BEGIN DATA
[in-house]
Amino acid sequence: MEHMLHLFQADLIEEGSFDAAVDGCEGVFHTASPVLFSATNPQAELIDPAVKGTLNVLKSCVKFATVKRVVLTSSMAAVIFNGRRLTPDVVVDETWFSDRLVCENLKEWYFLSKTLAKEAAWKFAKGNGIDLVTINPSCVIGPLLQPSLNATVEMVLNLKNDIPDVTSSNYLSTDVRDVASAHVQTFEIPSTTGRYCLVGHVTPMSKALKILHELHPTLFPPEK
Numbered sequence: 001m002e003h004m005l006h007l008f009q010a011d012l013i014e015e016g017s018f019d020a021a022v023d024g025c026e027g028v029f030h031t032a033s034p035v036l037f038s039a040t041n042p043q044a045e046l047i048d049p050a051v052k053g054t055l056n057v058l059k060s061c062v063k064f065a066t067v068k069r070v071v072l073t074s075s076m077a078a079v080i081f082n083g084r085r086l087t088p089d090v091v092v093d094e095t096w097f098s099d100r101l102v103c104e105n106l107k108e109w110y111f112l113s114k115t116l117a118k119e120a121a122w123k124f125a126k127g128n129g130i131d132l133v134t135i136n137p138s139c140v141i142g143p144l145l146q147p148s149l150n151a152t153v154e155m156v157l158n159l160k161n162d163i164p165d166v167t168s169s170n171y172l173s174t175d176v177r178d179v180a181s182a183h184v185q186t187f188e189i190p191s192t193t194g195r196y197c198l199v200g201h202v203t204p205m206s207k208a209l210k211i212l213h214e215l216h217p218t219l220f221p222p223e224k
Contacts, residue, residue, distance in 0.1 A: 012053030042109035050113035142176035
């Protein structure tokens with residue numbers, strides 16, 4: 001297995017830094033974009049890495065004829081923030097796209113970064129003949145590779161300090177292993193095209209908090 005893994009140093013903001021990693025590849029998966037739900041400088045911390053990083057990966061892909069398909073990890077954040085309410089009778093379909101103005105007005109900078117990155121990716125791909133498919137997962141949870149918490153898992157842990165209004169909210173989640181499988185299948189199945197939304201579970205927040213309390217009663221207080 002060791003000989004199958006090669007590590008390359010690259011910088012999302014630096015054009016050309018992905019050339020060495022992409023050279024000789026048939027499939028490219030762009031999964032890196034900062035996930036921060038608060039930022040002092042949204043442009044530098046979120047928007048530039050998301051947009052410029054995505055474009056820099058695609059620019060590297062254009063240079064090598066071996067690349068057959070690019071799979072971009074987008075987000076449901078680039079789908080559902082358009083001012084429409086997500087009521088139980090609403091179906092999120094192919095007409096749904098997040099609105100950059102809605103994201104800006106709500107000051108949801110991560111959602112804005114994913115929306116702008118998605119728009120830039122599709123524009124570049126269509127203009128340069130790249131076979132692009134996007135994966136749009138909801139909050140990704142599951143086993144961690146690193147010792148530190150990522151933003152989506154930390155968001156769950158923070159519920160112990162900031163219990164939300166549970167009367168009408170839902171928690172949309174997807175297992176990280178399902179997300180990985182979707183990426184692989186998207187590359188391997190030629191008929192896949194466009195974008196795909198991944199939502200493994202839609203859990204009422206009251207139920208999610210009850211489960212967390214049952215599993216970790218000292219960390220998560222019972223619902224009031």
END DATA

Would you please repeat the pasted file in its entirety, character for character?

[in-house]
Amino acid sequence: MEHMLHLFQADLIEEGSFDAAVDGCEGVFHTASPVLFSATNPQAELIDPAVKGTLNVLKSCVKFATVKRVVLTSSMAAVIFNGRRLTPDVVVDETWFSDRLVCENLKEWYFLSKTLAKEAAWKFAKGNGIDLVTINPSCVIGPLLQPSLNATVEMVLNLKNDIPDVTSSNYLSTDVRDVASAHVQTFEIPSTTGRYCLVGHVTPMSKALKILHELHPTLFPPEK
Numbered sequence: 001m002e003h004m005l006h007l008f009q010a011d012l013i014e015e016g017s018f019d020a021a022v023d024g025c026e027g028v029f030h031t032a033s034p035v036l037f038s039a040t041n042p043q044a045e046l047i048d049p050a051v052k053g054t055l056n057v058l059k060s061c062v063k064f065a066t067v068k069r070v071v072l073t074s075s076m077a078a079v080i081f082n083g084r085r086l087t088p089d090v091v092v093d094e095t096w097f098s099d100r101l102v103c104e105n106l107k108e109w110y111f112l113s114k115t116l117a118k119e120a121a122w123k124f125a126k127g128n129g130i131d132l133v134t135i136n137p138s139c140v141i142g143p144l145l146q147p148s149l150n151a152t153v154e155m156v157l158n159l160k161n162d163i164p165d166v167t168s169s170n171y172l173s174t175d176v177r178d179v180a181s182a183h184v185q186t187f188e189i190p191s192t193t194g195r196y197c198l199v200g201h202v203t204p205m206s207k208a209l210k211i212l213h214e215l216h217p218t219l220f221p222p223e224k
Contacts, residue, residue, distance in 0.1 A: 012053030042109035050113035142176035
């Protein structure tokens with residue numbers, strides 16, 4: 001297995017830094033974009049890495065004829081923030097796209113970064129003949145590779161300090177292993193095209209908090 005893994009140093013903001021990693025590849029998966037739900041400088045911390053990083057990966061892909069398909073990890077954040085309410089009778093379909101103005105007005109900078117990155121990716125791909133498919137997962141949870149918490153898992157842990165209004169909210173989640181499988185299948189199945197939304201579970205927040213309390217009663221207080 002060791003000989004199958006090669007590590008390359010690259011910088012999302014630096015054009016050309018992905019050339020060495022992409023050279024000789026048939027499939028490219030762009031999964032890196034900062035996930036921060038608060039930022040002092042949204043442009044530098046979120047928007048530039050998301051947009052410029054995505055474009056820099058695609059620019060590297062254009063240079064090598066071996067690349068057959070690019071799979072971009074987008075987000076449901078680039079789908080559902082358009083001012084429409086997500087009521088139980090609403091179906092999120094192919095007409096749904098997040099609105100950059102809605103994201104800006106709500107000051108949801110991560111959602112804005114994913115929306116702008118998605119728009120830039122599709123524009124570049126269509127203009128340069130790249131076979132692009134996007135994966136749009138909801139909050140990704142599951143086993144961690146690193147010792148530190150990522151933003152989506154930390155968001156769950158923070159519920160112990162900031163219990164939300166549970167009367168009408170839902171928690172949309174997807175297992176990280178399902179997300180990985182979707183990426184692989186998207187590359188391997190030629191008929192896949194466009195974008196795909198991944199939502200493994202839609203859990204009422206009251207139920208999610210009850211489960212967390214049952215599993216970790218000292219960390220998560222019972223619902224009031």